Bypass Endpoint Checks in Metadata
The Shibboleth Identity Provider receives a login request from a Service Provider. That request is a SAML message that contains the SP's entity ID, and a handler URL where it wants the authentication SAML message to be delivered. The IdP is programmed to check the metadata from for the SP to make sure the handler URL is among the list of allowed URLs. If the handler URL doesn't exactly match the list, the login request will be refused.
The problem arises when SPs are used to protect sites with multiple virtual hosts. Each vhost must use its own domain name in its handler URLs. In order for those URLs to match the metadata, each domain must be enumerated in the metadata when it is registered. This leads to multiple metadata updates each time a new vhost is added, and to longer and longer metadata files.
Now consider the case of a wildcard hosting system, like WordPress Multisite. The domain *.domain.ncsu.edu is registered to the server IP. Subdomain hosts can be added to the system at will. But they will not work with Shibboleth, because there is no way to put *.domain.ncsu.edu into the endpoint URLs. They will not be exact matches, and the IdP will refuse all requests. We are left with devising some system to dynamically add endpoints to the registered metadata every time a new site is started. There has to be a better way.
It turns out, there is one.
In IdP v2.4.0, they added an IdP Profile configuration option called skipEndpointValidationWhenSigned. When this is set true by the IdP, the handler URL check is changed:
If the login request SAML message was signed by the SP key, then the IdP will accept the handler URL as passed, without checking it against the metadata endpoint list.
If the login request SAML message was not signed, the handler URL must match an existing endpoint in the metadata. Just like normal.
Under the original system, the IdP trusts the metadata, and only accepts endpoints found in the metadata. Under this option, the IdP checks the SP signature using the certificate found in the metadata, and then accepts the passed endpoint as valid.
Identity Provider (SPs can skip this part)
The IdP must be running v3.0.0 or higher, and must be configured to set the skipEndpointValidationWhenSigned option as "true". We have already done this on our IdP servers for all SP entities found in our NCSU Federation.
If someone from another IdP wants to refer to the configuration, here is an excerpt from our v3.4.1 relying-party.xml file:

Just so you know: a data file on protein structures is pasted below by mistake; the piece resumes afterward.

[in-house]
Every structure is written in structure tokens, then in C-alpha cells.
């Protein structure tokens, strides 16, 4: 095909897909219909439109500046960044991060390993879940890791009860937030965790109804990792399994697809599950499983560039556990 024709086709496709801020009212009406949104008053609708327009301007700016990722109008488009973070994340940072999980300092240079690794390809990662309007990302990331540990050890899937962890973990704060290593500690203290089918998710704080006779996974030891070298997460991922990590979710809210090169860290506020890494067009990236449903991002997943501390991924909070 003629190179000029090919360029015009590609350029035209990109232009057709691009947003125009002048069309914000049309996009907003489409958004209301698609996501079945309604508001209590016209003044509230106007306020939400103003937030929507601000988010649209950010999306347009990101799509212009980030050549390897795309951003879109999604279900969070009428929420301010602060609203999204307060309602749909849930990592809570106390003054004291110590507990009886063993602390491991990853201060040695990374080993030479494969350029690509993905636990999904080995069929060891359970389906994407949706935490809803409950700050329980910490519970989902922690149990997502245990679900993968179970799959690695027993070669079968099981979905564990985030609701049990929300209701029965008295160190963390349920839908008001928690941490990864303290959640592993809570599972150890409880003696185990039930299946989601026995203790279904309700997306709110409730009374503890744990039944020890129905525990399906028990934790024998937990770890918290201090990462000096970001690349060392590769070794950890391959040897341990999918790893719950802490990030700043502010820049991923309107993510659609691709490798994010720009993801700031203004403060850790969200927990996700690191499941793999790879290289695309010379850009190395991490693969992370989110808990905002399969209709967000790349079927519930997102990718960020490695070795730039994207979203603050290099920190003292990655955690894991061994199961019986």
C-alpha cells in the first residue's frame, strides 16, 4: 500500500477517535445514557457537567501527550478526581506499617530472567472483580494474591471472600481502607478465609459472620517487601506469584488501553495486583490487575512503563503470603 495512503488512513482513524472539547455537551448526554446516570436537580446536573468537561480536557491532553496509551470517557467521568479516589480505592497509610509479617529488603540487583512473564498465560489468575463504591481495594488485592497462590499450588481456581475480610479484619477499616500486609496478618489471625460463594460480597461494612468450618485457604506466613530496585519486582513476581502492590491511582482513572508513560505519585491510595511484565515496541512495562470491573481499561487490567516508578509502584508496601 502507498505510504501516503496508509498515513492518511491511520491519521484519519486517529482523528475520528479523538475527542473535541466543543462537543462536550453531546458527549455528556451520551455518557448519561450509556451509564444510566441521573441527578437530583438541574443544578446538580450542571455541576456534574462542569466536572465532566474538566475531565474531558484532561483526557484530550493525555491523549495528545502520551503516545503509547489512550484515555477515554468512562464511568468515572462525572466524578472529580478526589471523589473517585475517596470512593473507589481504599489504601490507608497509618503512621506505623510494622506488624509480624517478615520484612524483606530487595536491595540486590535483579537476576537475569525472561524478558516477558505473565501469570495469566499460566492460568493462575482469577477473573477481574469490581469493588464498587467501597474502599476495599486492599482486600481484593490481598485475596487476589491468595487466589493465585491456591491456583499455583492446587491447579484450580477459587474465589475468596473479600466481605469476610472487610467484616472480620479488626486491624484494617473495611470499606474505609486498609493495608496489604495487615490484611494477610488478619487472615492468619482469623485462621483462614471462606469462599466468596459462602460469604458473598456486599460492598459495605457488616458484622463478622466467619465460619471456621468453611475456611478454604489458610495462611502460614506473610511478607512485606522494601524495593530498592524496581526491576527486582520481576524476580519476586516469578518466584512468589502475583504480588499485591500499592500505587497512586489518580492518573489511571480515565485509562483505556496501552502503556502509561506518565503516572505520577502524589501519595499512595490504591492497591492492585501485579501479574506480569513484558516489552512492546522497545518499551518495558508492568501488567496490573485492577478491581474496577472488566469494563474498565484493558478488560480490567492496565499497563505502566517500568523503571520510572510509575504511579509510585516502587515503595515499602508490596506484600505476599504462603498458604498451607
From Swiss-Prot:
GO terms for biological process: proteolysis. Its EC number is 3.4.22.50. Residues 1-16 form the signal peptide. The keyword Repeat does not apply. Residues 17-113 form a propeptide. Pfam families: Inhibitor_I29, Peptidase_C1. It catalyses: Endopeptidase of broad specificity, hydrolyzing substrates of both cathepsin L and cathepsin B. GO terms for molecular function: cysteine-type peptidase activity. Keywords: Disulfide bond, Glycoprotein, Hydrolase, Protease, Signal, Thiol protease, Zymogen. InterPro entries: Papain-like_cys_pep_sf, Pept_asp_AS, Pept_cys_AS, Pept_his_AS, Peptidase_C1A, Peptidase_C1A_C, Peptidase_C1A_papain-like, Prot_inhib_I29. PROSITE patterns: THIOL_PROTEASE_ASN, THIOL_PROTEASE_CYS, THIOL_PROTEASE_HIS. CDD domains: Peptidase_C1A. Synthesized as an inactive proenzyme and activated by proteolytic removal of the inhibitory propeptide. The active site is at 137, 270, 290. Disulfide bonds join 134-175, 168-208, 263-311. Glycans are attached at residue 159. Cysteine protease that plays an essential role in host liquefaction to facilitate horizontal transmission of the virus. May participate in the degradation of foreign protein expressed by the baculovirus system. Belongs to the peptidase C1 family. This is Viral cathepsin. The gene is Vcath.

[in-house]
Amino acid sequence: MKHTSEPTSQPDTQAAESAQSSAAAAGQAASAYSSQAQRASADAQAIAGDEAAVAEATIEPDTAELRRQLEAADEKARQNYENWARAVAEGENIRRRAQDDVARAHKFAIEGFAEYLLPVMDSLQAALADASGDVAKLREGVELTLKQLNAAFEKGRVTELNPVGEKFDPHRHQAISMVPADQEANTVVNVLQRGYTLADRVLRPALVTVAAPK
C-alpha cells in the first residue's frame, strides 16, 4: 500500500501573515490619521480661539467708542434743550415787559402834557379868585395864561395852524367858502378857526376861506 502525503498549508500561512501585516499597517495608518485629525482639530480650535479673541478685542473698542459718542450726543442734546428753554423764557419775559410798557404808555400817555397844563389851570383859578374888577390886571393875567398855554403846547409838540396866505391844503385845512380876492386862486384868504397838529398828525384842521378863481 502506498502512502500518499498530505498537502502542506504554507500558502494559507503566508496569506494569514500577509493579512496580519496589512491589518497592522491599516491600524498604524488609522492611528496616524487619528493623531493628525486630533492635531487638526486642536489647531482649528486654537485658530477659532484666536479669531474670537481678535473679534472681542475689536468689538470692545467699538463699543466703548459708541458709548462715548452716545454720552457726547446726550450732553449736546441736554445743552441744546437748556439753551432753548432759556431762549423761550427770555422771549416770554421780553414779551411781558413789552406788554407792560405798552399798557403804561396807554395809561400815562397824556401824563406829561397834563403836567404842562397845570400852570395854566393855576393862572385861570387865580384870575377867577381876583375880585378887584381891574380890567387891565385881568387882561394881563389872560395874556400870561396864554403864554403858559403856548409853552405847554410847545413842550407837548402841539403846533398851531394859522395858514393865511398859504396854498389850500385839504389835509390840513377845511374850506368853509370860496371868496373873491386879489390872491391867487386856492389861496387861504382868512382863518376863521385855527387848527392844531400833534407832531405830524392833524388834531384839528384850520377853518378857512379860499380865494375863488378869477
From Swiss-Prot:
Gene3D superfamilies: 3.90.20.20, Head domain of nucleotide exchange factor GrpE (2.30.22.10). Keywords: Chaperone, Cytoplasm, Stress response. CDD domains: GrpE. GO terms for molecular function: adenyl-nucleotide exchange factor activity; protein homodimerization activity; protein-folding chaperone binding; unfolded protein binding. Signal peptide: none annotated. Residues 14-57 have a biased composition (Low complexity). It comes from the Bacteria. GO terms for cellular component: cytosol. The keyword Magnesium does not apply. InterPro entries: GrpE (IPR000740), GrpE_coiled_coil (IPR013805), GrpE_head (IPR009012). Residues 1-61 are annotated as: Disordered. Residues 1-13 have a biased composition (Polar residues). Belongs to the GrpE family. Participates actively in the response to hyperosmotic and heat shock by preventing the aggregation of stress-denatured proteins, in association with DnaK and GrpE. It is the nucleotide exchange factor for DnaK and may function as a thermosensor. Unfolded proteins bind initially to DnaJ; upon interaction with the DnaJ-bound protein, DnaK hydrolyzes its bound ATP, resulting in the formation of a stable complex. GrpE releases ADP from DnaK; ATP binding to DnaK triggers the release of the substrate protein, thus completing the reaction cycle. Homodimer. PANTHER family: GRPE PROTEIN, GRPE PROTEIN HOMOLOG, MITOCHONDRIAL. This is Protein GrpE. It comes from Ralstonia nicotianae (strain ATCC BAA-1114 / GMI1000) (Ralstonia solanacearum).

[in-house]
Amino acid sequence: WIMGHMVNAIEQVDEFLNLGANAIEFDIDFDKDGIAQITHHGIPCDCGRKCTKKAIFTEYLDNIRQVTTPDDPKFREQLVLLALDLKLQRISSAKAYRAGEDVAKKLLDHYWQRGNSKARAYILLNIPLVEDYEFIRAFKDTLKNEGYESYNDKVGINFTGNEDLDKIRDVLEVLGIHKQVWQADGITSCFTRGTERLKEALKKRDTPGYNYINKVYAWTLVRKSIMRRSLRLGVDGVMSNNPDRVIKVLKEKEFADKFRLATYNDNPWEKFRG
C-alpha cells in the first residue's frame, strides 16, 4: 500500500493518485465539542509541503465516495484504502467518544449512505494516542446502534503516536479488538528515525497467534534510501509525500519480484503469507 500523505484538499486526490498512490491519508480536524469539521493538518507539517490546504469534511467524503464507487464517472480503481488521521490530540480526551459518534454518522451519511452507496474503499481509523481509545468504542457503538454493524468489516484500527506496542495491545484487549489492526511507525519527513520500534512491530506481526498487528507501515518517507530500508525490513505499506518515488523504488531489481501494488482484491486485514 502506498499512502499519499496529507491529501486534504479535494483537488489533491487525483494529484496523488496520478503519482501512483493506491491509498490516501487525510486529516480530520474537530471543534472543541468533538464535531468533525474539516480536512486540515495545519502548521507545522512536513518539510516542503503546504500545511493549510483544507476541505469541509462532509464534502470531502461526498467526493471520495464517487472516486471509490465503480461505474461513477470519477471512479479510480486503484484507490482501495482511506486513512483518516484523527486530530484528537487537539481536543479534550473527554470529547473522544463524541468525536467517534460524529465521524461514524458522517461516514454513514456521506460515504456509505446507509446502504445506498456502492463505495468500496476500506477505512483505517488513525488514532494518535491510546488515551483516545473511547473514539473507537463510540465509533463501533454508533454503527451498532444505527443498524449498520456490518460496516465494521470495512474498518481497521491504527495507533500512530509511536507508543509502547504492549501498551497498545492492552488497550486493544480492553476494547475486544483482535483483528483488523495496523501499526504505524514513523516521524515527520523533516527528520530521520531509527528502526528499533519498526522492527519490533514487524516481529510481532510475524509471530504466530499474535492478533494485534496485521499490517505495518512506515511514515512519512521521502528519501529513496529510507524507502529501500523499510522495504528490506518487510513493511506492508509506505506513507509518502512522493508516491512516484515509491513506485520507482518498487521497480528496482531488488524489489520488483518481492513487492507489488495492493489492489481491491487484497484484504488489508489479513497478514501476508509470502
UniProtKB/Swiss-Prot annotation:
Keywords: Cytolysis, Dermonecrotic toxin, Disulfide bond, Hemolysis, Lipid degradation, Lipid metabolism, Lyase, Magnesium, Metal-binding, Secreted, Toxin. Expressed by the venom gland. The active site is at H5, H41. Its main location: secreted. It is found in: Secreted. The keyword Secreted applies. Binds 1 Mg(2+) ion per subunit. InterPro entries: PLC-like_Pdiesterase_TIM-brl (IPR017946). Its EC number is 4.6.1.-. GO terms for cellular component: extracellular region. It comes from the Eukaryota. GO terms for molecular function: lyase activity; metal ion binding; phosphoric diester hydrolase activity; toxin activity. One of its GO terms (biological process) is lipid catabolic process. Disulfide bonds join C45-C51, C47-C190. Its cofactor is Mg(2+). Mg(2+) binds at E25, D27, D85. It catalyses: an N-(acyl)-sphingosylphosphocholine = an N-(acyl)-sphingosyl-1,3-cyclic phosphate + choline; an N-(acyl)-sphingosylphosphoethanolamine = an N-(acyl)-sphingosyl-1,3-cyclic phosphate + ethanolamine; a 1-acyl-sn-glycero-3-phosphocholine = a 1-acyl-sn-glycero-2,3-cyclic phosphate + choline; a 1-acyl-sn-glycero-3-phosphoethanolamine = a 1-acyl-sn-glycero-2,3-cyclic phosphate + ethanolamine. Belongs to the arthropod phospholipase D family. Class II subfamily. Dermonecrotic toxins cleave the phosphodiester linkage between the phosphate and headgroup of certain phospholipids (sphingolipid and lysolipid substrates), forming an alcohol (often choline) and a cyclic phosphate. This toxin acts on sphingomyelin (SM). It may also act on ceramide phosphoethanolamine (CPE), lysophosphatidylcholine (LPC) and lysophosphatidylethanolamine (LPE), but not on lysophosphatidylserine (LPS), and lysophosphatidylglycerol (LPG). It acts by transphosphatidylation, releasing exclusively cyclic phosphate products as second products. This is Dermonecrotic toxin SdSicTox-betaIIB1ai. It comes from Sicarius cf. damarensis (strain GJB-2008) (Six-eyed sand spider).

<!-- this is the for the default relying party --> <bean id="shibboleth.DefaultRelyingParty" parent="RelyingParty"> <property name="profileConfigurations"> <list> <!-- other beans here don't change --> <bean parent="SAML2.SSO" p:skipEndpointValidationWhenSigned="true" p:postAuthenticationFlows="attribute-release" /> <!-- other beans here don't change --> </list> </property> </bean>
The key configuration item on the SP side is to be certain the Service Provider is configured to sign requests using your SP key. This entry is located in your shibboleth2.xml file, as follows:
<ApplicationDefaults entityID="https://your.entity.ncsu.edu/sp/shibboleth" signing="true" encryption="false" REMOTE_USER="SHIB_EPPN eppn persistent-id targeted-id">
The piece you need is signing="true". If you used our Sample 2.5.x shibboleth2.xml file when setting up your SP, this option should already be in place. If not, the file provided by the shibboleth package does not have this option, and you will need to include it.
On a single server with mutliple vhosts, it should be sufficient to check these settings in the one shibboleth2.xml file. If you are sharing your SP entity on multiple servers, make sure this setting is made correctly in each instance of your shibboleth2.xml file.
When you stand up a host using a shared Service Provider entity, go ahead and follow the instructions to Test the Service Provider without adding the new host to the metadata. If your SP if configured correctly, it should just work.
If it doesn't work, and you get the "No peer endpoint available to which to send SAML response" error message, then your SP probably didn't send a signed request. Contact us with the URL for your test site on the new host. We can help trace the SAML messages and see what caused the error.